Appellant appealed from the judgment of conviction, contending, inter alia, that the trial court erroneously believed that it lacked discretion to strike his prior convictions.   We did not consider the issue of whether the trial court had discretion to strike because we found that it would be an abuse of discretion for the trial court to strike appellant's convictions.2

In December 1996, after our Supreme Court issued its decision in People v. Superior Court (Romero), supra, 13 Cal.4th 497, 53 Cal.Rptr.2d 789, 917 P.2d 628, appellant filed a petition for writ of habeas corpus in the trial court.

The trial court held an evidentiary hearing and denied appellant's motion to strike.   Appellant filed a notice of appeal, and contended in his brief that the trial court abused its discretion in refusing to strike one of appellant's prior serious felony convictions.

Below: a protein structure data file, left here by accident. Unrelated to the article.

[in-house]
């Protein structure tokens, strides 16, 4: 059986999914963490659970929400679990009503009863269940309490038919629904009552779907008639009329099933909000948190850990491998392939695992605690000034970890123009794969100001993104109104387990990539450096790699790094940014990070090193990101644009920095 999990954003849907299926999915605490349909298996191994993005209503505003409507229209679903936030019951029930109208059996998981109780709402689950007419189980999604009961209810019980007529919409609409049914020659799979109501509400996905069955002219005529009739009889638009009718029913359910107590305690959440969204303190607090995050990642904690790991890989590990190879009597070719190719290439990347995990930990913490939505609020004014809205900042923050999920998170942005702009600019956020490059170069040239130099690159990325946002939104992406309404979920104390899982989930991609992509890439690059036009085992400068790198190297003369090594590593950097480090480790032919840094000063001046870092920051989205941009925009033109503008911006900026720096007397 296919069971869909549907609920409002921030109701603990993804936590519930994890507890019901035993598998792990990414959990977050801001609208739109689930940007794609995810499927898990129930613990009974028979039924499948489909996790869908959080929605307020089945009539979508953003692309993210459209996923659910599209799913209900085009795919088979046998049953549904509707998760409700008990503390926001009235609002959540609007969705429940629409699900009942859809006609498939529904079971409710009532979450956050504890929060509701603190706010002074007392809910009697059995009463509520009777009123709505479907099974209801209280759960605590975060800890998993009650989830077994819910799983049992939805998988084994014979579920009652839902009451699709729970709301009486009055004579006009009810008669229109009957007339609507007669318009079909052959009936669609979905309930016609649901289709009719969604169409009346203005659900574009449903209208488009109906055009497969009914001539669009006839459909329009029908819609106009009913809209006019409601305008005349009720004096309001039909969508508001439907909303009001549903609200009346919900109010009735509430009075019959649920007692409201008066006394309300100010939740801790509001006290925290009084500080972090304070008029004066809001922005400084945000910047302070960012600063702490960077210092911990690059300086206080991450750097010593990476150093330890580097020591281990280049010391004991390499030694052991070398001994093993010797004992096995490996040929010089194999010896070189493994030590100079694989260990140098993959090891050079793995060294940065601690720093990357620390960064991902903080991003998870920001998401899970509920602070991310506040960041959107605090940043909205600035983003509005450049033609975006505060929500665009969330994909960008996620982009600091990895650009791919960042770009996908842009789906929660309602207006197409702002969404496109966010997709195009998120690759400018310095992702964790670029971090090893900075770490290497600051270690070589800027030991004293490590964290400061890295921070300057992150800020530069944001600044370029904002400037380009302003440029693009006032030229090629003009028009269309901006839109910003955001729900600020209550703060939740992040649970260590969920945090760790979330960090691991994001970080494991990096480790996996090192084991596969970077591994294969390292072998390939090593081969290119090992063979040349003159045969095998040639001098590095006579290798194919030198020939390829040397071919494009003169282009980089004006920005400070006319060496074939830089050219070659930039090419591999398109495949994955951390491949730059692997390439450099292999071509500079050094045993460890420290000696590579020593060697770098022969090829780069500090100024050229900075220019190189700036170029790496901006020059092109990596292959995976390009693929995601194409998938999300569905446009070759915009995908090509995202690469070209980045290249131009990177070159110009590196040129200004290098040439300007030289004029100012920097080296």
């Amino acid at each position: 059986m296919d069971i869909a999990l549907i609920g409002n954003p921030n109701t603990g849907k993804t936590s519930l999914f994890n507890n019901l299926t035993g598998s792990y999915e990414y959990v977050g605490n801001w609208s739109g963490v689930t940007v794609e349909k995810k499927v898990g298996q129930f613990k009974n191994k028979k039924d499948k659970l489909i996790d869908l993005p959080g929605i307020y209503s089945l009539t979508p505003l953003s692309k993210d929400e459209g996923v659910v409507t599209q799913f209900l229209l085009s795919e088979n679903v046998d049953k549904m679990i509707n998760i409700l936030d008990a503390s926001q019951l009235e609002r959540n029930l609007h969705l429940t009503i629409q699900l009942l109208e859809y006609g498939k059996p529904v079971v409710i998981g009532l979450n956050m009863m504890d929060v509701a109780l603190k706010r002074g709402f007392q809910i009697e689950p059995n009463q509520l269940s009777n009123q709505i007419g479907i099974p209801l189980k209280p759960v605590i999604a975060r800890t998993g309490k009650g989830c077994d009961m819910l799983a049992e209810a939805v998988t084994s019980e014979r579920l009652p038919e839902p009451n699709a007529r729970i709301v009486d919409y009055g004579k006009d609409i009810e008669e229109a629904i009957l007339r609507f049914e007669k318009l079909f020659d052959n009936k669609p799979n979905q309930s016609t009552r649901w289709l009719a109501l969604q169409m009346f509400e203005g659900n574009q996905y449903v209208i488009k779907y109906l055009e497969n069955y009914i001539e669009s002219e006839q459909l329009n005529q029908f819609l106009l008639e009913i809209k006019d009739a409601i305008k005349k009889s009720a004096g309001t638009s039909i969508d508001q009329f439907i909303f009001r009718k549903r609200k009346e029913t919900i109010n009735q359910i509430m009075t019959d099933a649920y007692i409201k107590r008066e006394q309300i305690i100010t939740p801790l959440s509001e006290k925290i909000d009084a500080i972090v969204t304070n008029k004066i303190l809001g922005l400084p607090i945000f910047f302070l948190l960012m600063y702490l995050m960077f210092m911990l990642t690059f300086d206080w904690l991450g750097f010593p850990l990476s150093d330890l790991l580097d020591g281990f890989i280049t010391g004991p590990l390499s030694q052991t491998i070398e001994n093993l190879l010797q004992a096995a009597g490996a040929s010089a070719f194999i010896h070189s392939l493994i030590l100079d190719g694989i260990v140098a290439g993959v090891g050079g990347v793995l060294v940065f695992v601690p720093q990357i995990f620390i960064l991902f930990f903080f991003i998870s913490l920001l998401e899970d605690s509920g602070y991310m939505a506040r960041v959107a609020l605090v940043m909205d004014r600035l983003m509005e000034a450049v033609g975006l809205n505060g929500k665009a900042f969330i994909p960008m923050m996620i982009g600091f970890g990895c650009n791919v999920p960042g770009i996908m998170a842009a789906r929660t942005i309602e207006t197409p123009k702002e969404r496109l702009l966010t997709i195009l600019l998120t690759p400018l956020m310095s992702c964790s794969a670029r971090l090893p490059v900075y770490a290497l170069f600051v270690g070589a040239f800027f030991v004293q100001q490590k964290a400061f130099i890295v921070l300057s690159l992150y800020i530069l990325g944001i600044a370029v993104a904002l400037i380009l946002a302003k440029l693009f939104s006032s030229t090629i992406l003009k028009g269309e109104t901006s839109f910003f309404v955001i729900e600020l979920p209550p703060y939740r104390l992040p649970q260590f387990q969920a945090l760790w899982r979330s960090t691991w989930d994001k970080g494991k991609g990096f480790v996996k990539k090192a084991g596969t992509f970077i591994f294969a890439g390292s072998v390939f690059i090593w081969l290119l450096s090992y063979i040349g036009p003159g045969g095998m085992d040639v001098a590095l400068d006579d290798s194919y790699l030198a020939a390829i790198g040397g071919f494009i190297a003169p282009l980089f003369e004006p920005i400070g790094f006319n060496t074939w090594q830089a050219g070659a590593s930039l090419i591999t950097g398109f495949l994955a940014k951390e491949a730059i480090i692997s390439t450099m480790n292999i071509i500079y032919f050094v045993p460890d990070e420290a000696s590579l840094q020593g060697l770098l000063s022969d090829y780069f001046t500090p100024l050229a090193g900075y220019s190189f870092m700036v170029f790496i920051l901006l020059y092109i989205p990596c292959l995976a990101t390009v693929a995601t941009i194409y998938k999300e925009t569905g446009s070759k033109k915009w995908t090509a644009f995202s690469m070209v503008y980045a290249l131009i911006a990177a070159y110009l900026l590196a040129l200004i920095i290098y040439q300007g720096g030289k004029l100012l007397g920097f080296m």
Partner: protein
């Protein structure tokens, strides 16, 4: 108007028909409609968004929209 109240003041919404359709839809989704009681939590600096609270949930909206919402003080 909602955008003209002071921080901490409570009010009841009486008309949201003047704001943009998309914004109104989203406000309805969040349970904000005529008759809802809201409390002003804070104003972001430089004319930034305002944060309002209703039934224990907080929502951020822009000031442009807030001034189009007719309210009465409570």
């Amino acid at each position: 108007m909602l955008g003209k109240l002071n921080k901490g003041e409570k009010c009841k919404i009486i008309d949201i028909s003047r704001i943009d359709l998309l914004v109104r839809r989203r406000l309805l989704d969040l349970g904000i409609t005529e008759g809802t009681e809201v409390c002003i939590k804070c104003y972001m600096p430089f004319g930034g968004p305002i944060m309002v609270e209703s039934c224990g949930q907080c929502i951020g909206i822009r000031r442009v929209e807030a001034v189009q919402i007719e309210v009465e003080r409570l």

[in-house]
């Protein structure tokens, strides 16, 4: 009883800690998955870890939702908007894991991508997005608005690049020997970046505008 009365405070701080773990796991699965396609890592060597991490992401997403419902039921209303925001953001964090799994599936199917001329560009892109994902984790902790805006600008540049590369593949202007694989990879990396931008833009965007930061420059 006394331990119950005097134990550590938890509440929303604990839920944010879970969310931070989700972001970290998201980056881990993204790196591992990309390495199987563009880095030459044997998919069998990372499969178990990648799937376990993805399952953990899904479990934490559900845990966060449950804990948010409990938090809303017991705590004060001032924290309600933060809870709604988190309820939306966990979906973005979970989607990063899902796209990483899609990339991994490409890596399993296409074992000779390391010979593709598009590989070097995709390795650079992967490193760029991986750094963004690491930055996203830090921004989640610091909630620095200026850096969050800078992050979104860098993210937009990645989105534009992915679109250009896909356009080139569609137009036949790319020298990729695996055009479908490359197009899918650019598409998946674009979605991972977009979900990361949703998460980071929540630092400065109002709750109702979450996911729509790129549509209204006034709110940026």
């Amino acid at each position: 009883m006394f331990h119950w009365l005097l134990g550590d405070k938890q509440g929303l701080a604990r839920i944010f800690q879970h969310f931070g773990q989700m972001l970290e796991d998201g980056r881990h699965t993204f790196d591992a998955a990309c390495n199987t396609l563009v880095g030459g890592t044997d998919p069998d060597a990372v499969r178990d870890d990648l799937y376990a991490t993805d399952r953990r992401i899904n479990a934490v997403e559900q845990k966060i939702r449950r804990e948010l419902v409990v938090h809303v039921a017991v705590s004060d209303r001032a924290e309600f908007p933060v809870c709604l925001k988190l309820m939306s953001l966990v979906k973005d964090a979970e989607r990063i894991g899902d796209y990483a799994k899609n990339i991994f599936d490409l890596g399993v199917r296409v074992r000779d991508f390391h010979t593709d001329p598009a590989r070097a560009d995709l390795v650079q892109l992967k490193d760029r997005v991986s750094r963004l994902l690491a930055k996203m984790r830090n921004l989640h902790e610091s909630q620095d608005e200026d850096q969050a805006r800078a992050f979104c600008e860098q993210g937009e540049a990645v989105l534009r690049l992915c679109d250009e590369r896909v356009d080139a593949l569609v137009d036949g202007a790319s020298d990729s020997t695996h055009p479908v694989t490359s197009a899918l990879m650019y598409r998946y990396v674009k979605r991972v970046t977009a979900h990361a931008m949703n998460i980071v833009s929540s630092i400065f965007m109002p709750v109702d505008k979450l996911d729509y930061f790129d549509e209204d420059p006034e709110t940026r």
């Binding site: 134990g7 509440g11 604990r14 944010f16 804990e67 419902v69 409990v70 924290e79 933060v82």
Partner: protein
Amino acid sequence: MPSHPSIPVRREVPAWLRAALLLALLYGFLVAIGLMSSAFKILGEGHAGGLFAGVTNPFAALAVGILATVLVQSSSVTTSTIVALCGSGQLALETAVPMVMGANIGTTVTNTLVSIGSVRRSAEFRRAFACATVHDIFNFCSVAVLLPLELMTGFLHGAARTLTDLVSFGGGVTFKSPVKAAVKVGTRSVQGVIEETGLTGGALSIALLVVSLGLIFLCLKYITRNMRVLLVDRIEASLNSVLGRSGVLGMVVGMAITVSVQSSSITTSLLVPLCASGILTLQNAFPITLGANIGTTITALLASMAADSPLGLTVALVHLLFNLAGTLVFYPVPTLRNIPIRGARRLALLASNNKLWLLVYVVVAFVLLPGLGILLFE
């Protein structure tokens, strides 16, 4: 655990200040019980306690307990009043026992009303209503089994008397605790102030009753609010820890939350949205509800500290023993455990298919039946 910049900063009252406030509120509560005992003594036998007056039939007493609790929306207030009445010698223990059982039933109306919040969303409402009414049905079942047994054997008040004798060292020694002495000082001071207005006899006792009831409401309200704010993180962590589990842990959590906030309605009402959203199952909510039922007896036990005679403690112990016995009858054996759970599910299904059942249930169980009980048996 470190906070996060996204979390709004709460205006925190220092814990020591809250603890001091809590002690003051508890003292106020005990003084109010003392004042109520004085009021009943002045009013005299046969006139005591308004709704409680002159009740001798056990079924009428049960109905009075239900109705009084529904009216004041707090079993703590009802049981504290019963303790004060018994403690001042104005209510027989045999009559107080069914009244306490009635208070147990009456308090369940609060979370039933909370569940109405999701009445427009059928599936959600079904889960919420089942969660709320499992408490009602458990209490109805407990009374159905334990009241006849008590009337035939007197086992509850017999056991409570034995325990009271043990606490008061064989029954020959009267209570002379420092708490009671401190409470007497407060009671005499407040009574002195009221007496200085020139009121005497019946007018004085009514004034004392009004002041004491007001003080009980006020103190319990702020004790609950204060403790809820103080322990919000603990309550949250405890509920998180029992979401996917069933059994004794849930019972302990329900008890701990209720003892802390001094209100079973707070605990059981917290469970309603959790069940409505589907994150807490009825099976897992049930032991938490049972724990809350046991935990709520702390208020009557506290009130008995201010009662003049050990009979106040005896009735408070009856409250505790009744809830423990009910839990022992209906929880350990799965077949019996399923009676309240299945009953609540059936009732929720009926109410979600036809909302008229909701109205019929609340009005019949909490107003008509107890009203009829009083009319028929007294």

Discussion

I. Motion to dismiss1. Appeal of denial of petition

 The right to a direct appeal is wholly dependent on statute.   (Powers v. City of Richmond (1995) 10 Cal.4th 85, 108, 40 Cal.Rptr.2d 839, 893 P.2d 1160.)   Appellant contends that statutory authority for his appeal is found in section 1237, which provides in pertinent part that “[a]n appeal may be taken by the defendant:  ․ (b) From any order made after judgment, affecting the substantial rights of the party.”   Appellant relies on In re Caffey (1968) 68 Cal.2d 762, 69 Cal.Rptr. 93, 441 P.2d 933, People v. Benn (1972) 7 Cal.3d 530, 102 Cal.Rptr. 593, 498 P.2d 433, and People v. Wax (1972) 24 Cal.App.3d 302, 101 Cal.Rptr. 289 as interpreting section 1237 so as to permit the appeal of a denial of a petition for writ of habeas corpus, if the denial is ordered after an evidentiary hearing or a sentencing rehearing.   We disagree.